Can you identify this white material and why it is a cause for concern? I see this fairly frequently, especially in crawl spaces and attics. You might think it is white mold (testing it would give a definitive answer) but it is most likely wood-destroying fungus. As the name suggests, this fungus actually breaks down and digests the wood. Over time, it can cause significant wood rot and damage and make the structure - in this case the support beams holding up the house(!) - less stable, compromising the entire structure. In some cases, the rot is so bad I can insert a screwdriver into the entire beam. This kind of damage can often be mitigated by adding (or "sistering") another beam next to the damaged beam, giving your floor structure the support it needs. Discovering these kinds of concerns is so important, whether you are buying the home or you've lived in it for some time. Home inspections are a very good way to identify these issues before they become very serious (and expensive) problems.
May is National Deck Safety Month - and there is a reason deck safety gets a whole month. Nearly 5 in 10 decks are past their useful life and need to be repaired or replaced. Frankly, from a home inspection standpoint, decks in North Carolina almost always seems to have issues and some of them are severe. Common defects include rotting/soft wood (very common in the humid south), separating or split board planks, and overall structural weakness or instability. It is very important to have your deck, steps, and railings inspected on a regular basis to make sure everything is in good shape. Natural wood decks also need to be regularly maintained with cleanings and stain or sealant. Without regular maintenance and inspections, your deck could become dangerous and fail, causing property damage - and much worse - possibly harming you and your family. Deck inspections are included in our home inspections so call us at 919-914-0606 or schedule online and start enjoying your deck this summer knowing it's safe for everyone.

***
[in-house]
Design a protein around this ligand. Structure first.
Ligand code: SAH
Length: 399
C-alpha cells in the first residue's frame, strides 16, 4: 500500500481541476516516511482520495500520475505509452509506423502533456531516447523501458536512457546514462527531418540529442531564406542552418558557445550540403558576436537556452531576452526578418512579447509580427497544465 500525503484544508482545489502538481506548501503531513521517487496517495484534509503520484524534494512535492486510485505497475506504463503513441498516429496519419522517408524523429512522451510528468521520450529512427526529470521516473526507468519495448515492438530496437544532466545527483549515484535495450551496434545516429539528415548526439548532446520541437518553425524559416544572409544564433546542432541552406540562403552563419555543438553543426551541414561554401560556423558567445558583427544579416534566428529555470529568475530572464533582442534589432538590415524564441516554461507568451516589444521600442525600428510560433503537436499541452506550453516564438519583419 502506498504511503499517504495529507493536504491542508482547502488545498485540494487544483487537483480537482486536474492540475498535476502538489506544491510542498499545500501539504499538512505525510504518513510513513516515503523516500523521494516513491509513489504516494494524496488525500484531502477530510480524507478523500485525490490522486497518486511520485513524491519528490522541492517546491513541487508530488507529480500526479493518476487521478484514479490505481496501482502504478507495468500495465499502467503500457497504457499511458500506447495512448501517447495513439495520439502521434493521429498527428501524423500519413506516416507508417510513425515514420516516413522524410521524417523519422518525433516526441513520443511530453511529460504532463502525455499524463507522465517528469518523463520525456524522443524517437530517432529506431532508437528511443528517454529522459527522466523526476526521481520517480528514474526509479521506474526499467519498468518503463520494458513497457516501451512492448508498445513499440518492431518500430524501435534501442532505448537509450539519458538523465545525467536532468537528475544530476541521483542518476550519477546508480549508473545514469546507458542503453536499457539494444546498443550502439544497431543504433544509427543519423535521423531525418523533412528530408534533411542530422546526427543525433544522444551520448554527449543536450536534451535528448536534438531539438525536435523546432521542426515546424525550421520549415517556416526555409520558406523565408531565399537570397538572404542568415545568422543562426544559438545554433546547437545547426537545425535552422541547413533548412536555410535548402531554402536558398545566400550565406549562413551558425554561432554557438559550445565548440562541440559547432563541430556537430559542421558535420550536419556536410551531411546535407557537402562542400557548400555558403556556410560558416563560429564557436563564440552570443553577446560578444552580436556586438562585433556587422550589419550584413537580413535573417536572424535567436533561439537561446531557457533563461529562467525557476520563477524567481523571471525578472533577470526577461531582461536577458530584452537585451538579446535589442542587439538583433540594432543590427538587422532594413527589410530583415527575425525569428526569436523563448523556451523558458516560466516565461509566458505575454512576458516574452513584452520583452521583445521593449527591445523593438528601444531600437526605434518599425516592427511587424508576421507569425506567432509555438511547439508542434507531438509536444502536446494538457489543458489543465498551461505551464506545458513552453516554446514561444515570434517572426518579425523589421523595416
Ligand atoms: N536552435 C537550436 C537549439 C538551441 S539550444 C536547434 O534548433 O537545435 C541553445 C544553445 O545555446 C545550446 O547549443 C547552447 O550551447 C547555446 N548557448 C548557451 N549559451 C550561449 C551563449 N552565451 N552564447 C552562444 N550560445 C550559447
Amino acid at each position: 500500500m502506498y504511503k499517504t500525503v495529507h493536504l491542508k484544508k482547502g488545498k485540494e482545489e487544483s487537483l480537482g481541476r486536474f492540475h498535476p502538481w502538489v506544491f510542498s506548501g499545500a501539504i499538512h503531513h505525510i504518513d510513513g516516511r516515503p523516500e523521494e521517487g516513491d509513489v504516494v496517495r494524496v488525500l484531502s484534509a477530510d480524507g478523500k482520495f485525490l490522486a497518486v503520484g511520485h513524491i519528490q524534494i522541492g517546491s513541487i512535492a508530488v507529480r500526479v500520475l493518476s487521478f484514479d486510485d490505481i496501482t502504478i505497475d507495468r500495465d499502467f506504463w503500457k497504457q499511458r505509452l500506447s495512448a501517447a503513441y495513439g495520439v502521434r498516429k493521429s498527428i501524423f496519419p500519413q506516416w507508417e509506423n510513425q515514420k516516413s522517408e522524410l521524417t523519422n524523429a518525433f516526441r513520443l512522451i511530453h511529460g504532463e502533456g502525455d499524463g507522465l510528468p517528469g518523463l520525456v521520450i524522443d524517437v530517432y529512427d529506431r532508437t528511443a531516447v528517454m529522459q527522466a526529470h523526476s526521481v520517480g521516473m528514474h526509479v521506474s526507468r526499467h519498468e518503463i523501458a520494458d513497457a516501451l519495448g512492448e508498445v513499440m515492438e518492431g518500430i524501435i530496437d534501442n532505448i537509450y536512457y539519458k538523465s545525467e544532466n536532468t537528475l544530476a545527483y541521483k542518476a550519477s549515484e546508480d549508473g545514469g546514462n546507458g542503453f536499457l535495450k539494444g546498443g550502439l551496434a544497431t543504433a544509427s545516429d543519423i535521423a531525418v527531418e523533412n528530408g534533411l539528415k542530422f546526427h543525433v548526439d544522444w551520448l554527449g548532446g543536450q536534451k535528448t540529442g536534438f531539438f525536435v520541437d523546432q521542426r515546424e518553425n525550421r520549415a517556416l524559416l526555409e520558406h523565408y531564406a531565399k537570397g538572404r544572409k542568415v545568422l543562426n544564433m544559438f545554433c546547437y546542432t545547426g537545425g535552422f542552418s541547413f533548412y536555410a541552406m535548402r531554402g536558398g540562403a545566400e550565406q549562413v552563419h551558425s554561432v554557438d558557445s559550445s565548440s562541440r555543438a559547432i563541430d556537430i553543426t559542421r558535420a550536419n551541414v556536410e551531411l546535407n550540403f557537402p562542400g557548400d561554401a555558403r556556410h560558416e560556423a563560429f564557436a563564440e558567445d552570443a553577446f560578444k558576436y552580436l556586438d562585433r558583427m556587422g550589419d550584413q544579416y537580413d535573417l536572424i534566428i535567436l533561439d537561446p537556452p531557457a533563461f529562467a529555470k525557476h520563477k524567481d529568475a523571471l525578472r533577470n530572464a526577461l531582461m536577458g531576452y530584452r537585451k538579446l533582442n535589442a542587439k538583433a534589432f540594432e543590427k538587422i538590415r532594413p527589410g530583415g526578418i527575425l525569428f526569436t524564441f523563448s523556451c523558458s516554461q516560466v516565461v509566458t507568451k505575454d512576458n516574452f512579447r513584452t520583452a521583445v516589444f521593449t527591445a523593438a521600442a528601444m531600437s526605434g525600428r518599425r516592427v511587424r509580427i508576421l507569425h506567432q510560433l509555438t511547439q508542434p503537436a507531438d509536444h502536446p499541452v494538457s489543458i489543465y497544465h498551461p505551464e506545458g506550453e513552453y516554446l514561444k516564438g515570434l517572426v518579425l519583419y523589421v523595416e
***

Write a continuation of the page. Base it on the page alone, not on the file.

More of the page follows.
It's subtle, but can you tell what's wrong in this picture?
There is mild efflorescence (white salt stains) on the chimney. This means that there are either issues with the chimney's masonry, sealants, or the chimney cap (or a combination). In this case, there are cracks in the masonry toward the top that are allowing moisture (rain, etc.) to seep into the brick. Concerns related to this include the chimney could prematurely deteriorate; it could begin leaning or could completely collapse; moisture could enter the chimney and cause the flue lining to deteriorate, necessitating the purchase of a new lining; and/or moisture could enter the home and ruin ceilings, walls, carpets, and more.
If you see efflorescence on your chimney, addressing it now could save you thousands of dollars later. Call us at 919-914-0606 to schedule your home inspection now to give you peace of mind and help alert you to issues like this.
Our inspector, Rick Doherty, is diligently following all guidelines set by the state inspector association to ensure your safety (and his). Those guidelines include wearing disposable latex gloves and wiping down anything he touches with sanitizer wipes. It is also recommended at this time that real estate agents and buyers do not attend home inspections. If you do attend, we ask that you meet with the inspector outside of the home at a safe distance to go over his findings. We are committed to following best practices while still providing outstanding client service and meticulous inspections. Please call us at 919-914-0606 with any questions you may have or visit us online at www.dohertyhomeinspections.com. Thank you to our wonderful agents and clients who have been so supportive - we love this amazing community!